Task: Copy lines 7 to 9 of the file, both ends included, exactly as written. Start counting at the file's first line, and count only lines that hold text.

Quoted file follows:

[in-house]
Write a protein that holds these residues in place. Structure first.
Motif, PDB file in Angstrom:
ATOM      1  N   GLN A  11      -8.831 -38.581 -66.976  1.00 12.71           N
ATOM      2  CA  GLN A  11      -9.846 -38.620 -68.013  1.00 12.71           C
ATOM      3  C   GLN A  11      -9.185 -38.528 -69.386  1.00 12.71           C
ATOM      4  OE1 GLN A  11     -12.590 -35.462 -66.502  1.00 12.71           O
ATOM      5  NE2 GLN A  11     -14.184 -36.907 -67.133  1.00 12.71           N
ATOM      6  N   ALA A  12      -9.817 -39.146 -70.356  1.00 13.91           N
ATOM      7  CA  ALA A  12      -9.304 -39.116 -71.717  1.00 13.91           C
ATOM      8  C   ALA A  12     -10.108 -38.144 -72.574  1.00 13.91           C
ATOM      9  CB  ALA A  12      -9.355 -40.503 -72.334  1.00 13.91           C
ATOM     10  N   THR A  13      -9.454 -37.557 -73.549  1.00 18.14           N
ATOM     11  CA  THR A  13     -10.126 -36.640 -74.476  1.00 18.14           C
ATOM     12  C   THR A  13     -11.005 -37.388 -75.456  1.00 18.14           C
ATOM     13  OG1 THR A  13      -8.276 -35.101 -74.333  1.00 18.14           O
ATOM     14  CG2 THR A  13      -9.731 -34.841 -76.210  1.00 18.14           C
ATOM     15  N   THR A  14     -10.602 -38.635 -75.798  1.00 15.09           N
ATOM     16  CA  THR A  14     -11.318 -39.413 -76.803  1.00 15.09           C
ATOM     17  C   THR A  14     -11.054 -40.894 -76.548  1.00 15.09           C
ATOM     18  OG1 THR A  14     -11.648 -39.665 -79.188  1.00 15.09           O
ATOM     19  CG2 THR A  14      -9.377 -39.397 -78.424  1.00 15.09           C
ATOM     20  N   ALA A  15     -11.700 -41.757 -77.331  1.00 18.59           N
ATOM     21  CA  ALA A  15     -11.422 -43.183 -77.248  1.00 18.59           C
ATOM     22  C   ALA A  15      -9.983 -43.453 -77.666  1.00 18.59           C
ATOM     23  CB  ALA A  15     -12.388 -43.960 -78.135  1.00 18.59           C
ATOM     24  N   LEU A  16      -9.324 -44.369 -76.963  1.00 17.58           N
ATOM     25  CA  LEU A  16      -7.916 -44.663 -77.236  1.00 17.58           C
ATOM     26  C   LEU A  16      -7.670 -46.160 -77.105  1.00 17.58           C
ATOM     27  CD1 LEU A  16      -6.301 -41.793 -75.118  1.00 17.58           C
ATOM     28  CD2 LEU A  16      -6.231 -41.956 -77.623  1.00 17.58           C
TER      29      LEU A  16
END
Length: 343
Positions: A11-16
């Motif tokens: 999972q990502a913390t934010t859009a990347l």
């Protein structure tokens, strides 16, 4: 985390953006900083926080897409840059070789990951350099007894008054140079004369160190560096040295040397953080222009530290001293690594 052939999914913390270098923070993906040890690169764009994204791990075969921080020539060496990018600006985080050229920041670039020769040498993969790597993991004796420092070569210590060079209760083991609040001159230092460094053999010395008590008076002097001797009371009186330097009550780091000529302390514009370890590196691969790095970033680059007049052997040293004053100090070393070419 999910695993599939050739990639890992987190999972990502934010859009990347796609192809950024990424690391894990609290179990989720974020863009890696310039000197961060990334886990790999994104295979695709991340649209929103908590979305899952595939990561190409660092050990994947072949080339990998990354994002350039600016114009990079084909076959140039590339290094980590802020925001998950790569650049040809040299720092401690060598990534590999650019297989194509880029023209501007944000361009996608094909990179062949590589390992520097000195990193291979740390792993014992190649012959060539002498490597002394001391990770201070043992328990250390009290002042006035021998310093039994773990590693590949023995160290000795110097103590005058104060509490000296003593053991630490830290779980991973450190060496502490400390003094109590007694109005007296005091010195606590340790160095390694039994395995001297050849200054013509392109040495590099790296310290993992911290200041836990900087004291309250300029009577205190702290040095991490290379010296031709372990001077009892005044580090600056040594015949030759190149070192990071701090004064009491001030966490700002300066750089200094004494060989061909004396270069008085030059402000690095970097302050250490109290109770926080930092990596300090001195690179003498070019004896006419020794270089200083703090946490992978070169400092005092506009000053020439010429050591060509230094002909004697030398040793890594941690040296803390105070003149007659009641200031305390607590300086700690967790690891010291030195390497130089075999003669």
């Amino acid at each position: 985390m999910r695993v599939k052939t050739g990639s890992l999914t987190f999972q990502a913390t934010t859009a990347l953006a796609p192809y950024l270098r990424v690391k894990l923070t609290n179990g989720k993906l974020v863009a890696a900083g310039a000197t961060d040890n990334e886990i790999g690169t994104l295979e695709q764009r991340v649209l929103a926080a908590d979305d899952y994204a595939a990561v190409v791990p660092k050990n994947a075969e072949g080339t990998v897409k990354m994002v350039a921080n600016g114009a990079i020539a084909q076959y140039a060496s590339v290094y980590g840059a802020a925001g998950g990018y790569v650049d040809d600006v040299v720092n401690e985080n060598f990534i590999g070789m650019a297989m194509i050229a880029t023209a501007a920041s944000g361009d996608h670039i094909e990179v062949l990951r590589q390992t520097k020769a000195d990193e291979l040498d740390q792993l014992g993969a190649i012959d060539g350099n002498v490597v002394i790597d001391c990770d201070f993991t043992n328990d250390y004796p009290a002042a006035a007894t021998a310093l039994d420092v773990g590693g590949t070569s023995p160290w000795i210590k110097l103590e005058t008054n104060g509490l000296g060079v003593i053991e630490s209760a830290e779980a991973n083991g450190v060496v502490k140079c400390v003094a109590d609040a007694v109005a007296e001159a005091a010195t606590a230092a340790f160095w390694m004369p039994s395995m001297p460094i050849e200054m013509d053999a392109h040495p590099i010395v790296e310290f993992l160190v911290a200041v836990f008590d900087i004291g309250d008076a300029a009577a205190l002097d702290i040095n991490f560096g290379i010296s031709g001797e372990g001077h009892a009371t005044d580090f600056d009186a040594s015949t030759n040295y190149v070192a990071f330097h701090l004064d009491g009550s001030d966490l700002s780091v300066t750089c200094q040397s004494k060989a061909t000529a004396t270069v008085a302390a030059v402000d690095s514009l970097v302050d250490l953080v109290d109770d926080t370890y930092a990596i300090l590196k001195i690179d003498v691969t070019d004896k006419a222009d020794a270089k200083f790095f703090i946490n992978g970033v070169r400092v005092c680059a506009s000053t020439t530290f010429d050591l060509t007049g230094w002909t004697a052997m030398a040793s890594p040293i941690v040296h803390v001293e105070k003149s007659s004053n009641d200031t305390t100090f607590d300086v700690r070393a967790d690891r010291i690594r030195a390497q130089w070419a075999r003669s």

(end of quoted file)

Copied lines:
ATOM      4  OE1 GLN A  11     -12.590 -35.462 -66.502  1.00 12.71           O
ATOM      5  NE2 GLN A  11     -14.184 -36.907 -67.133  1.00 12.71           N
ATOM      6  N   ALA A  12      -9.817 -39.146 -70.356  1.00 13.91           N